The Taj Mahal an Architectural Marvel of India

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The Taj Mahal

The iconic monument that has been a symbol of love for many ages now is actually a mausoleum. It was built in the name of love but today this tomb is world famous and is listed in the UNESCO World Heritage Sites. Moreover, this structure of white marble is an exemplary piece of architecture of Muslim art in India. Every year, around 7 to 8 million people visit the Taj Mahal, out of which 0.8 million are foreign tourists. The Taj Mahal is therefore one of the most cherished pieces of human art created in the history of India

Location, Timings & Purpose

The Taj Mahal is located in the Agra district of Uttar Pradesh in India. It is built on the banks of the Yamuna River. Together the river flowing behind the Taj and the monument itself are an epitome of marvel on earth especially on a moonlit night. The Taj Mahal is open for visitors on all weekdays except for Fridays from 6:00 am to 7:00 pm. 

It remains closed on Friday for the prayers. The purpose of building the Taj was to cherish the memory of a lover. The Mughal Emperor Shah Jahan built it for his beloved wife Mumtaz Mahal. This is the very place where the two of them were buried after death. The central shrine in the monument is a dummy of their graves which are actually carved in the lower section of the monument, which is not open for public visit. 

Also Read: Emperor Akbar: History, Life, Achievements

Who Built the Taj Mahal? 

The Taj Mahal was built between 1631 and 1648 by the Mughal ruler Shah Jahan.

  • He ordered 20,000 workers to make the grand structure. Other structures like the mosque, the guest house, the outer courtyard, its cloisters mosque and the main gateway were added to the structure in 1653 A.D.
  • The structure boasts intricacies and design complications that are unique.
  • The chief architect of the monument was Ustad-Ahmad Lahori.
  • The emperor had ordered masons, stone-cutters, calligraphers, carvers, painters, inlayers, dome builders and other artisans from around his empire as well as from Central Asia and Persia.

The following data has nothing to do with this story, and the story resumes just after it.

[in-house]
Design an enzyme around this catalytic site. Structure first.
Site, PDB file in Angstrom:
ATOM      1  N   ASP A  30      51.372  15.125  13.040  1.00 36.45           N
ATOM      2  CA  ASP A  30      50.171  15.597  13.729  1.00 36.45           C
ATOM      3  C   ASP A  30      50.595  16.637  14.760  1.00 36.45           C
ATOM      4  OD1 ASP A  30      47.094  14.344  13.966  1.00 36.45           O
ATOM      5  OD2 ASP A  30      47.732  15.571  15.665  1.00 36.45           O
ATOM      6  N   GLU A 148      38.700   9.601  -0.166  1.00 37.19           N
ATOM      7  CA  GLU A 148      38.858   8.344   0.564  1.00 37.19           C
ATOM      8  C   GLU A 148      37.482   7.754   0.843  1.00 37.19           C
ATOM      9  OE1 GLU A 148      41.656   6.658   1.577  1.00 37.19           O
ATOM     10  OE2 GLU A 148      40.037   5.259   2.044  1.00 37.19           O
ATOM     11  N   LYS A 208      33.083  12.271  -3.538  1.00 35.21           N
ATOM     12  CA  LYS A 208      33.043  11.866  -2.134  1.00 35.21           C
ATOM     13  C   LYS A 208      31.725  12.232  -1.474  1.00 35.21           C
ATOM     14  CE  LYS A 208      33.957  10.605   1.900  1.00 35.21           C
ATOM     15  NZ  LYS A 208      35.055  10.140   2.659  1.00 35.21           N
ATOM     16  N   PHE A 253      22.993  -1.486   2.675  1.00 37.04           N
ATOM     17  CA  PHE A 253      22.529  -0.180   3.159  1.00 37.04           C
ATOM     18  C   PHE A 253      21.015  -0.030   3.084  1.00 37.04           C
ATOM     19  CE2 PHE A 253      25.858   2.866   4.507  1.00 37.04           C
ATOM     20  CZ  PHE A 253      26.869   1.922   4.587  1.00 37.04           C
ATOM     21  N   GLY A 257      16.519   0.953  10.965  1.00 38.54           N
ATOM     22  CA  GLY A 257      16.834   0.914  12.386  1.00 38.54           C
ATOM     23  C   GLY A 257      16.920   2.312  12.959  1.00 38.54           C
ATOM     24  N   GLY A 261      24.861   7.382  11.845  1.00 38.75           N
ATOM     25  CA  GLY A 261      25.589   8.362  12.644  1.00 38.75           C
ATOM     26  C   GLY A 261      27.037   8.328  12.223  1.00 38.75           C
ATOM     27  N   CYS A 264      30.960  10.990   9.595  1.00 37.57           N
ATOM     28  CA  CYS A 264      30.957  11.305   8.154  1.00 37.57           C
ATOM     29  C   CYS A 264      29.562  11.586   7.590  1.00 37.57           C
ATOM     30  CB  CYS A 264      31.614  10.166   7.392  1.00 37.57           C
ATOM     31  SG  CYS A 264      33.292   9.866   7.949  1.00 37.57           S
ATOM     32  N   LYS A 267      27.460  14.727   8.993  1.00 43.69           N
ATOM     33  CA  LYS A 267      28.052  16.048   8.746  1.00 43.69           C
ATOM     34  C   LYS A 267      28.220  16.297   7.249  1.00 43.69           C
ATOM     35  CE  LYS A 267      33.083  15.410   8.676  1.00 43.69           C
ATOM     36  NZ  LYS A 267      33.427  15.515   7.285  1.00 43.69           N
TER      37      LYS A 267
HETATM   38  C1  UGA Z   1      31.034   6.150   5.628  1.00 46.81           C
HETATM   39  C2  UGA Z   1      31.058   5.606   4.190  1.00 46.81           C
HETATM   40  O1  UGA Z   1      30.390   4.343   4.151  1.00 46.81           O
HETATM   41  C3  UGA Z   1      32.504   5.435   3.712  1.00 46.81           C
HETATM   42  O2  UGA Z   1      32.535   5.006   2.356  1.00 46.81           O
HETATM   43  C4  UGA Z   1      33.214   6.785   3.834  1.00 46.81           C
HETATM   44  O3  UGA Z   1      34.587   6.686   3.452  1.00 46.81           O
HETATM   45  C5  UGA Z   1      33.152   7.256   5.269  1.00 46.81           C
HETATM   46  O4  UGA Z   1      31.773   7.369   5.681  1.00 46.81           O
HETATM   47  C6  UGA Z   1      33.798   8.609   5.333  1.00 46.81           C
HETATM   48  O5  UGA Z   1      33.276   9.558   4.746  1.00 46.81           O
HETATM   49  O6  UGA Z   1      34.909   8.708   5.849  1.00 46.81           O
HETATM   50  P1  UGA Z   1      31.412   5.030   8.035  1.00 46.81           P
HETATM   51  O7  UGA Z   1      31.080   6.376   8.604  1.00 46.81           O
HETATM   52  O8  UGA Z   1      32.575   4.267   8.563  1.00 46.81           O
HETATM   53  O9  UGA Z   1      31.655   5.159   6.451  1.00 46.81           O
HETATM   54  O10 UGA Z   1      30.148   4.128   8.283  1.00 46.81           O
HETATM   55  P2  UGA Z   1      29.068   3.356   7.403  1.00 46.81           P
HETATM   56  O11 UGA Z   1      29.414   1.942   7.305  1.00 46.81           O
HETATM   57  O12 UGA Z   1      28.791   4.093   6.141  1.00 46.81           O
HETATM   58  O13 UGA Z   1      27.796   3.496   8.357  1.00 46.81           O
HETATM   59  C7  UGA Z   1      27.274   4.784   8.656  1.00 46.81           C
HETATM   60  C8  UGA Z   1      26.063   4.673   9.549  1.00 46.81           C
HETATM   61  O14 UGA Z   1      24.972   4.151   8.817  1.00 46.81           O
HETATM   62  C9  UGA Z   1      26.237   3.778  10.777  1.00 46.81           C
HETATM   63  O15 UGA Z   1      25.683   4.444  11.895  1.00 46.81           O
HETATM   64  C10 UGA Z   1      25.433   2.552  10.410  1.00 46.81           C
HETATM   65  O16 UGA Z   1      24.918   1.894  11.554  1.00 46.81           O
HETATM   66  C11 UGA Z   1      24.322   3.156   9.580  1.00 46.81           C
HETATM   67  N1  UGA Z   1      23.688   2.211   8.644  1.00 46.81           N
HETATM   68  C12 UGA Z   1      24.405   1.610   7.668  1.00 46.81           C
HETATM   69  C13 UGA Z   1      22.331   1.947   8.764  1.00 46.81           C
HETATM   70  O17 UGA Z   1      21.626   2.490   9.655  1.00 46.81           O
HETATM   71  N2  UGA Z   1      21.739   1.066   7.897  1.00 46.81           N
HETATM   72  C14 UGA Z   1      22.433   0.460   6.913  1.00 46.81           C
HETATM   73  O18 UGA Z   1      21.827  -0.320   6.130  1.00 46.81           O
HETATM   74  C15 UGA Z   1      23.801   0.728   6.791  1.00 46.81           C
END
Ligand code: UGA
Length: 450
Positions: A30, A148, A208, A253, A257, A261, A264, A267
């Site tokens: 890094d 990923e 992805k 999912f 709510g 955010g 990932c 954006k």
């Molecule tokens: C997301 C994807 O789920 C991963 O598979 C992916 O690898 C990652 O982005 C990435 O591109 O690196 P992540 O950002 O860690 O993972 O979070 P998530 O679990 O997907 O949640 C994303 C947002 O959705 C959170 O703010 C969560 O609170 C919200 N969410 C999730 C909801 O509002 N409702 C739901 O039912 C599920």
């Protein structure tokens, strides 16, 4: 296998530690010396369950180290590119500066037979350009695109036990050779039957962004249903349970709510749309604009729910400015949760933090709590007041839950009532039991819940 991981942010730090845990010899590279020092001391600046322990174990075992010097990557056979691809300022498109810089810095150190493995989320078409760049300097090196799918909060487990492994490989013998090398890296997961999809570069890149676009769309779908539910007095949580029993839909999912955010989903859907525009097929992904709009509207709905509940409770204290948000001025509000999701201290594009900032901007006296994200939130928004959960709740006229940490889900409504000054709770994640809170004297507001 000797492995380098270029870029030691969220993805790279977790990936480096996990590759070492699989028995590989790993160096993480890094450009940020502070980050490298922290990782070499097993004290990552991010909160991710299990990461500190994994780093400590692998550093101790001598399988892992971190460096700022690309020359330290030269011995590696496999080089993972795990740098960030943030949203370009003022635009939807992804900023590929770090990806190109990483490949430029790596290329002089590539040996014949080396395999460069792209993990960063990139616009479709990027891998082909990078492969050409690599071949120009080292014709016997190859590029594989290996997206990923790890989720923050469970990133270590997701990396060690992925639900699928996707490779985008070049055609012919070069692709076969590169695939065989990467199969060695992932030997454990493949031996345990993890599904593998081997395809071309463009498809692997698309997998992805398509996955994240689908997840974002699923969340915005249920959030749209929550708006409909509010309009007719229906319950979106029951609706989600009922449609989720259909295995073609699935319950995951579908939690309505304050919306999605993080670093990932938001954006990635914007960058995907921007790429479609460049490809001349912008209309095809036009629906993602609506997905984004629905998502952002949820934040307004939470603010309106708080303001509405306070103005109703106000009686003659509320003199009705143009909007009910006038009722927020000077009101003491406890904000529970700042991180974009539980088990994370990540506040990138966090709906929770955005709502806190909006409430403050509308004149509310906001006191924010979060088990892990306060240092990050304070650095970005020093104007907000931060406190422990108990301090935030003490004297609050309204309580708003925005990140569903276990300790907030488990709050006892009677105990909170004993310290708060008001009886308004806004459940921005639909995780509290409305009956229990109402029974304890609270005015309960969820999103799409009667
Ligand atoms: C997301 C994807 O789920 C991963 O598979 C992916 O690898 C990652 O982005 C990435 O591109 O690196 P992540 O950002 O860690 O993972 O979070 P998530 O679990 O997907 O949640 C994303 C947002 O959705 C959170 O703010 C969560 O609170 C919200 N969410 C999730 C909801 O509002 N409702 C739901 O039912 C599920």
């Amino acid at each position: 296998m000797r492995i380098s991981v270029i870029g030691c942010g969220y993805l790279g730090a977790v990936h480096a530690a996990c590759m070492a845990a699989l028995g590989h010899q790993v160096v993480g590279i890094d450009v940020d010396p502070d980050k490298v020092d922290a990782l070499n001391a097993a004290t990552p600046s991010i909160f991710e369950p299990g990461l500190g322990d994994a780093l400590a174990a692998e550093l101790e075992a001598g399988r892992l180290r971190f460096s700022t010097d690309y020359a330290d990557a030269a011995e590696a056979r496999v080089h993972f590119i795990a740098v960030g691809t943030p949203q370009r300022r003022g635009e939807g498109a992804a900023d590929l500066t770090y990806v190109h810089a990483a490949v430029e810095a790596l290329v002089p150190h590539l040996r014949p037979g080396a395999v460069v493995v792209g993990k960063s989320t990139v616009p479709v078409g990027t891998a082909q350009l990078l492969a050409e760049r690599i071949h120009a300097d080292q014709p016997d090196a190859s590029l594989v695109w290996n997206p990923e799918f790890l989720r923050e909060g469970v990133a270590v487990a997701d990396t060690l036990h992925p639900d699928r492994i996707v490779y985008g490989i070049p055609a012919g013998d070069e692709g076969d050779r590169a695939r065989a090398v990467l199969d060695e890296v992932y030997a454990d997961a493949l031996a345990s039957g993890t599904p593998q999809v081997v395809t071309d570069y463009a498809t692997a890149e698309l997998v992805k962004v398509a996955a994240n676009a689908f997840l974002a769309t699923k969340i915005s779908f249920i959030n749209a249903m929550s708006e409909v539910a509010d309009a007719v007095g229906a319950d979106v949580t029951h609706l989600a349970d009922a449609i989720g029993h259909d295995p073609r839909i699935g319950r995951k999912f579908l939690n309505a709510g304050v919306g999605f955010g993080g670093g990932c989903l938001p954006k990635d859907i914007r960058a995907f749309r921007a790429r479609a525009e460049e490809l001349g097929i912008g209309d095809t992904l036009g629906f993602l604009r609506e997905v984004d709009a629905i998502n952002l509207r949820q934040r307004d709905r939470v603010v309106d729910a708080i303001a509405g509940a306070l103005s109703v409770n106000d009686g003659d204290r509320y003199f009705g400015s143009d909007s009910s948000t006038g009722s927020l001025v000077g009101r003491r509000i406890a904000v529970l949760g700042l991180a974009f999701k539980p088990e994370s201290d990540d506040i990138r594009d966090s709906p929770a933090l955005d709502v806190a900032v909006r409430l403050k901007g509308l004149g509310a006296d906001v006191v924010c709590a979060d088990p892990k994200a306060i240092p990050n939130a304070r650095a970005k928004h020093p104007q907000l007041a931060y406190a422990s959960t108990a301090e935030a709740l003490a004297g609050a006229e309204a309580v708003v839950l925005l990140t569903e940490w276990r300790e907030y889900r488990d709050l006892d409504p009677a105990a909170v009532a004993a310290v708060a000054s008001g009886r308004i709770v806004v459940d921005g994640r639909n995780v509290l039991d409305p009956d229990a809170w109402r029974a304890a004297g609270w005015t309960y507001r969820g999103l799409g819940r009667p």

Also Read: Mughal Emperor Jahangir: Life, Legacy, and Influence

Taj Mahal Architecture

There are many popular anecdotes and beliefs about the structure of the Taj Mahal. One of them is that Shah Jahan ordered to cut Ustad Ahmad Lahori’s hands and that’s when the artisan sneaked some time to make a hole somewhere in the roof of the Taj Mahal that makes water drip to the graves whenever it rains. Though no one knows if it’s entirely true.

  • What is known though is the existence of several historical and Quranic inscriptions on the walls of the Taj Mahal. Their verses are in Arabic script all over the monument and the main arches of the gates.
  • The whole structure has a rhythmic combination of solids and voids, its concave and convex structures play intricately with light and shadow. The most aesthetic visible aspect though are the arches and domes. 
  • The stonework of precious gems in vibrant green, red and blue over the white marble canvas make Taj the best architectural marvel of this time.
  • Dome of the Mahal is situated at the end of the quadripartite garden to give it more depth. The roof of the dome also has metal rings for earthing in case lightning strikes the building. 

Overall the minarets, garden and every other structure on its premises are wonderfully planned to give it an out-of-the-world look and feel. It also provides unique features like safety from earthquakes, lightning and floods.  

Also Read: Babur: The Magnificent History of the First Mughal Emperor

Black Taj Mahal  

The Black Taj Mahal was planned to be built across the Yamuna facing the Taj Mahal. It was also planned by Shah Jahan and is often referred to as ‘Kala Taj’. He wanted it to be his own mausoleum. A French traveller Jean Baptiste Tavernier was the first one to mention the Black Taj in his writings. 

He described it as a mausoleum for Shah Jahan that he was building for himself but couldn’t complete it. Before he could start work on the Black Taj Mahal he was confined by his own son Aurangzeb. However, the Black Taj Mahal is still considered a myth as no proper evidence of it was found. 

The Taj Mahal

However, in the 1990s some discoloured white rocks were discovered by archaeologists that had turned black, but this was not evidence enough to conclude anything. There is a more popular theory around it discovered in 2006 where the Black Taj Mahal was seen as an idea rather than a structure. Archaeologists reconstructed the pool in Mehtab Bagh at that time. 

They found a dark reflection of the Taj Mahal clearly forming in the waters of the pool. The positioning of the pool as well as the emperor’s obsession with symmetry validates this theory to a better level than the previous level. 

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That’s all about the Taj Mahal! If you want to know more about topics like this, then visit our general knowledge page! Alternatively, you can also read our blog on general knowledge for competitive exams!

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